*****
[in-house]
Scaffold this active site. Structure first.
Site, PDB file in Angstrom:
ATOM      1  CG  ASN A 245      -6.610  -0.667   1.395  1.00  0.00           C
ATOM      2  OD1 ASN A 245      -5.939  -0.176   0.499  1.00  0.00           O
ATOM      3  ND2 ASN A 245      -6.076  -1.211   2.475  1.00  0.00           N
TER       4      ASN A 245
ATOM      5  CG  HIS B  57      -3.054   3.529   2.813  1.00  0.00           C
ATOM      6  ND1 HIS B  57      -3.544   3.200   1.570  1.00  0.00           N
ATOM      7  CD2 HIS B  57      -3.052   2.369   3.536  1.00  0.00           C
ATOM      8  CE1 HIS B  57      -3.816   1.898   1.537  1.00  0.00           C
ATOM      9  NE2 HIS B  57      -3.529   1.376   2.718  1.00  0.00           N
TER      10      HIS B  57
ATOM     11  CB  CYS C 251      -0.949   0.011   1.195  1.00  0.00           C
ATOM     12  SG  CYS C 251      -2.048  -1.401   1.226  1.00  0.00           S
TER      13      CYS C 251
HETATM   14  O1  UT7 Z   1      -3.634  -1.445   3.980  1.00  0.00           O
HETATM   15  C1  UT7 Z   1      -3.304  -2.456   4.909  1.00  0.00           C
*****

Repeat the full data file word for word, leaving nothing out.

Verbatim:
[in-house]
Scaffold this active site. Structure first.
Site, PDB file in Angstrom:
ATOM      1  CG  ASN A 245      -6.610  -0.667   1.395  1.00  0.00           C
ATOM      2  OD1 ASN A 245      -5.939  -0.176   0.499  1.00  0.00           O
ATOM      3  ND2 ASN A 245      -6.076  -1.211   2.475  1.00  0.00           N
TER       4      ASN A 245
ATOM      5  CG  HIS B  57      -3.054   3.529   2.813  1.00  0.00           C
ATOM      6  ND1 HIS B  57      -3.544   3.200   1.570  1.00  0.00           N
ATOM      7  CD2 HIS B  57      -3.052   2.369   3.536  1.00  0.00           C
ATOM      8  CE1 HIS B  57      -3.816   1.898   1.537  1.00  0.00           C
ATOM      9  NE2 HIS B  57      -3.529   1.376   2.718  1.00  0.00           N
TER      10      HIS B  57
ATOM     11  CB  CYS C 251      -0.949   0.011   1.195  1.00  0.00           C
ATOM     12  SG  CYS C 251      -2.048  -1.401   1.226  1.00  0.00           S
TER      13      CYS C 251
HETATM   14  O1  UT7 Z   1      -3.634  -1.445   3.980  1.00  0.00           O
HETATM   15  C1  UT7 Z   1      -3.304  -2.456   4.909  1.00  0.00           C